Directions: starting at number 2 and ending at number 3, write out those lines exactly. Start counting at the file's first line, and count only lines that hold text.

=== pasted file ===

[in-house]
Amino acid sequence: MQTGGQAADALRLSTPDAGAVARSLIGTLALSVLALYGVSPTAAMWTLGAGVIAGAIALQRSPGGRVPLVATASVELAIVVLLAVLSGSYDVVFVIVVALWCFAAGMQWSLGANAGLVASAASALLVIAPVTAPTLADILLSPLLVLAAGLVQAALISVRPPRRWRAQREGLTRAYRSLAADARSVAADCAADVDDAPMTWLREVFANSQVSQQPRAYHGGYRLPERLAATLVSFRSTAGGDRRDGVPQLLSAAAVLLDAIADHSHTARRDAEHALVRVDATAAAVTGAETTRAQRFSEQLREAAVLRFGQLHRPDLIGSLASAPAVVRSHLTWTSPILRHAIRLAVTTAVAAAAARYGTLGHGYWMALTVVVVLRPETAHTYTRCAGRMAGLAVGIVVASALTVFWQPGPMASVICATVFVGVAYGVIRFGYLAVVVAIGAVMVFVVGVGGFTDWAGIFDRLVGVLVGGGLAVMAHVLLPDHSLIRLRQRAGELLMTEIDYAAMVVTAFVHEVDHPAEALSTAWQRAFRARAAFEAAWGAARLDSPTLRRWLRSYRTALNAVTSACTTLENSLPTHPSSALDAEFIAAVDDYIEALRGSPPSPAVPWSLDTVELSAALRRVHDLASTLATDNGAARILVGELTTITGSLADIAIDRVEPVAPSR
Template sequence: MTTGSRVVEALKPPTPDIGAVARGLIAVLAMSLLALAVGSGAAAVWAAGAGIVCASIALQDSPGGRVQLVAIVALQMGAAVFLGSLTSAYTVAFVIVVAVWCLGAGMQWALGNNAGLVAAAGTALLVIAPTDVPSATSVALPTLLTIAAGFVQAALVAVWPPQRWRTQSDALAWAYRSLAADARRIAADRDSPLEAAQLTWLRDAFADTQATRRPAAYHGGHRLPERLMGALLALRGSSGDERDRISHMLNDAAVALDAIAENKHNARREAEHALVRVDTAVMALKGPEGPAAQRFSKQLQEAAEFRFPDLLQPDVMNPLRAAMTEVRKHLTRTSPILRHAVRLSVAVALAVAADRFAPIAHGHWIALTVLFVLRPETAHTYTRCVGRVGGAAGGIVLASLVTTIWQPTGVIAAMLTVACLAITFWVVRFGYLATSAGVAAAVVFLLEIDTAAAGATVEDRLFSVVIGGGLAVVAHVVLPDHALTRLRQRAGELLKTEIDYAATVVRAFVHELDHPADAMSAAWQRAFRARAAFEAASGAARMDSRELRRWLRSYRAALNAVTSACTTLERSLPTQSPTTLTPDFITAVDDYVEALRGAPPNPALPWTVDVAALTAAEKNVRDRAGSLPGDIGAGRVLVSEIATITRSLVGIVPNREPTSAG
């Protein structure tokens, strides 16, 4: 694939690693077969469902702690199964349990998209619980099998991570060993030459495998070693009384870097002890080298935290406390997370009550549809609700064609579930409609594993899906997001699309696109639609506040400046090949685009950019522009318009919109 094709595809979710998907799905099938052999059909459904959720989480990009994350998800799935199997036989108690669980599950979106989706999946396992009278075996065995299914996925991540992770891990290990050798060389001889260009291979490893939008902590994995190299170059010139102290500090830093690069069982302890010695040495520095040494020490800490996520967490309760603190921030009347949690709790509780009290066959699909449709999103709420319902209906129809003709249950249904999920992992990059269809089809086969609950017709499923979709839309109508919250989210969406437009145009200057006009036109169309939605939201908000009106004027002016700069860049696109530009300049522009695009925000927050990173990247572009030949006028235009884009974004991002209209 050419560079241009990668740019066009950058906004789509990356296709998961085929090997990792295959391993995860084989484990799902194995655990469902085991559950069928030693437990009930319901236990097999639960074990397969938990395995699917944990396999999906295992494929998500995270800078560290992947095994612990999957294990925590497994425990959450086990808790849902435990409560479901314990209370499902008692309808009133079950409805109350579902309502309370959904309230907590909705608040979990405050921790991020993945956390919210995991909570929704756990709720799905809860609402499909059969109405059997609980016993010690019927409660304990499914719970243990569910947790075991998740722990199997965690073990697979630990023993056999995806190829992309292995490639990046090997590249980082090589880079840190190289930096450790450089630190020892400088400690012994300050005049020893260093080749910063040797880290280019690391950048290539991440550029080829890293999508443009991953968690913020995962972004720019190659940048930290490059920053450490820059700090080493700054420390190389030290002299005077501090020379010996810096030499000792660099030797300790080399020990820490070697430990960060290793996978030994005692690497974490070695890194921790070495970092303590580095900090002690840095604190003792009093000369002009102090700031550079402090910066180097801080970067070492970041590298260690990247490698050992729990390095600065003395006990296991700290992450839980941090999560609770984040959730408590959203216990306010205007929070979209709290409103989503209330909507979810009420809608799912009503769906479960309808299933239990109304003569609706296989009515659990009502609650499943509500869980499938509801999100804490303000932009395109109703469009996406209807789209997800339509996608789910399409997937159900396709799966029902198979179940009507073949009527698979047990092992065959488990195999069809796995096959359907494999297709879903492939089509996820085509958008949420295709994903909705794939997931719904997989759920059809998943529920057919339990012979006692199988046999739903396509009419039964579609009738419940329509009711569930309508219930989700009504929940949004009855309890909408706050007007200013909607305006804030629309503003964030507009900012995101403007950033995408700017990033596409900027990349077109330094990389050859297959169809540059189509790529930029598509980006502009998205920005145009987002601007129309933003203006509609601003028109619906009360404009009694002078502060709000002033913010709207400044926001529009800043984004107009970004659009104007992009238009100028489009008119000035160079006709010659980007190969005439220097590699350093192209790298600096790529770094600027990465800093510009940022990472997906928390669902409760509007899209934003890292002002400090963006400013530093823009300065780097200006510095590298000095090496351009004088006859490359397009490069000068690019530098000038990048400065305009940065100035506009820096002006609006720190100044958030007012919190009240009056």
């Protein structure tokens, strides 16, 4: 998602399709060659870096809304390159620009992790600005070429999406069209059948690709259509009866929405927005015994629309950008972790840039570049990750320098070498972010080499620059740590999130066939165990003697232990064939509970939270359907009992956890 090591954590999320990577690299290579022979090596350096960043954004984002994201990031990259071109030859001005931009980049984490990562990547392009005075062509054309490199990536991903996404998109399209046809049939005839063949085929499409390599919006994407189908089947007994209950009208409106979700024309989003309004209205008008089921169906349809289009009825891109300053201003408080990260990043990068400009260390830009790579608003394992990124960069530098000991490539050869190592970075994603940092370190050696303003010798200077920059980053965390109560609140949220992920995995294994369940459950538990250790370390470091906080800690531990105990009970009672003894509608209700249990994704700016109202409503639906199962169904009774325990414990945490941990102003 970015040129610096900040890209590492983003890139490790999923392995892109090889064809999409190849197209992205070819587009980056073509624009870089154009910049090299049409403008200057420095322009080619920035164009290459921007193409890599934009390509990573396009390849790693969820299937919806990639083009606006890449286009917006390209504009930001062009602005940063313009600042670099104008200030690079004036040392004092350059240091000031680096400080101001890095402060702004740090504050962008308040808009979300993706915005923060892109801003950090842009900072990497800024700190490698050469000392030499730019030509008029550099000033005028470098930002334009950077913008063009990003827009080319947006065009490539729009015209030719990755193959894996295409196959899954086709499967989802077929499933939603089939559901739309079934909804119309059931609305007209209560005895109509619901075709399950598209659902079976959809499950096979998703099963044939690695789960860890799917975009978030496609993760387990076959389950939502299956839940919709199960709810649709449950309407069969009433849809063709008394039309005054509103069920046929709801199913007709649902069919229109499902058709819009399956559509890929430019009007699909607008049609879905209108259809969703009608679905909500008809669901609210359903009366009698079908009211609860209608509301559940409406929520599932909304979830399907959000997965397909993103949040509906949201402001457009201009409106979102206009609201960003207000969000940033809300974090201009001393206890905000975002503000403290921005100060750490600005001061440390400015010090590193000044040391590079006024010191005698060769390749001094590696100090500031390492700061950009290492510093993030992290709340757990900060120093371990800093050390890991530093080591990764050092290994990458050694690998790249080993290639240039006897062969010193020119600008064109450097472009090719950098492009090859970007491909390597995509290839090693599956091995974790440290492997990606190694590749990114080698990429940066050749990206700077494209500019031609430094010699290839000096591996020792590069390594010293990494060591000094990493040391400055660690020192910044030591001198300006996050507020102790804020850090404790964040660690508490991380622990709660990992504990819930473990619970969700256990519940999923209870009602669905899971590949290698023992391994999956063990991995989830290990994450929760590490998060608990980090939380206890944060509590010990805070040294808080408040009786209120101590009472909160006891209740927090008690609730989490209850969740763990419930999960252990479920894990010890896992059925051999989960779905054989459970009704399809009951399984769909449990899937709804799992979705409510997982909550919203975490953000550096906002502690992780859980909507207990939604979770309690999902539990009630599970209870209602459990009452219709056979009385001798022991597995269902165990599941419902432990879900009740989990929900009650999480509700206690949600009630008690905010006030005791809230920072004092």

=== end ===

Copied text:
Amino acid sequence: MQTGGQAADALRLSTPDAGAVARSLIGTLALSVLALYGVSPTAAMWTLGAGVIAGAIALQRSPGGRVPLVATASVELAIVVLLAVLSGSYDVVFVIVVALWCFAAGMQWSLGANAGLVASAASALLVIAPVTAPTLADILLSPLLVLAAGLVQAALISVRPPRRWRAQREGLTRAYRSLAADARSVAADCAADVDDAPMTWLREVFANSQVSQQPRAYHGGYRLPERLAATLVSFRSTAGGDRRDGVPQLLSAAAVLLDAIADHSHTARRDAEHALVRVDATAAAVTGAETTRAQRFSEQLREAAVLRFGQLHRPDLIGSLASAPAVVRSHLTWTSPILRHAIRLAVTTAVAAAAARYGTLGHGYWMALTVVVVLRPETAHTYTRCAGRMAGLAVGIVVASALTVFWQPGPMASVICATVFVGVAYGVIRFGYLAVVVAIGAVMVFVVGVGGFTDWAGIFDRLVGVLVGGGLAVMAHVLLPDHSLIRLRQRAGELLMTEIDYAAMVVTAFVHEVDHPAEALSTAWQRAFRARAAFEAAWGAARLDSPTLRRWLRSYRTALNAVTSACTTLENSLPTHPSSALDAEFIAAVDDYIEALRGSPPSPAVPWSLDTVELSAALRRVHDLASTLATDNGAARILVGELTTITGSLADIAIDRVEPVAPSR
Template sequence: MTTGSRVVEALKPPTPDIGAVARGLIAVLAMSLLALAVGSGAAAVWAAGAGIVCASIALQDSPGGRVQLVAIVALQMGAAVFLGSLTSAYTVAFVIVVAVWCLGAGMQWALGNNAGLVAAAGTALLVIAPTDVPSATSVALPTLLTIAAGFVQAALVAVWPPQRWRTQSDALAWAYRSLAADARRIAADRDSPLEAAQLTWLRDAFADTQATRRPAAYHGGHRLPERLMGALLALRGSSGDERDRISHMLNDAAVALDAIAENKHNARREAEHALVRVDTAVMALKGPEGPAAQRFSKQLQEAAEFRFPDLLQPDVMNPLRAAMTEVRKHLTRTSPILRHAVRLSVAVALAVAADRFAPIAHGHWIALTVLFVLRPETAHTYTRCVGRVGGAAGGIVLASLVTTIWQPTGVIAAMLTVACLAITFWVVRFGYLATSAGVAAAVVFLLEIDTAAAGATVEDRLFSVVIGGGLAVVAHVVLPDHALTRLRQRAGELLKTEIDYAATVVRAFVHELDHPADAMSAAWQRAFRARAAFEAASGAARMDSRELRRWLRSYRAALNAVTSACTTLERSLPTQSPTTLTPDFITAVDDYVEALRGAPPNPALPWTVDVAALTAAEKNVRDRAGSLPGDIGAGRVLVSEIATITRSLVGIVPNREPTSAG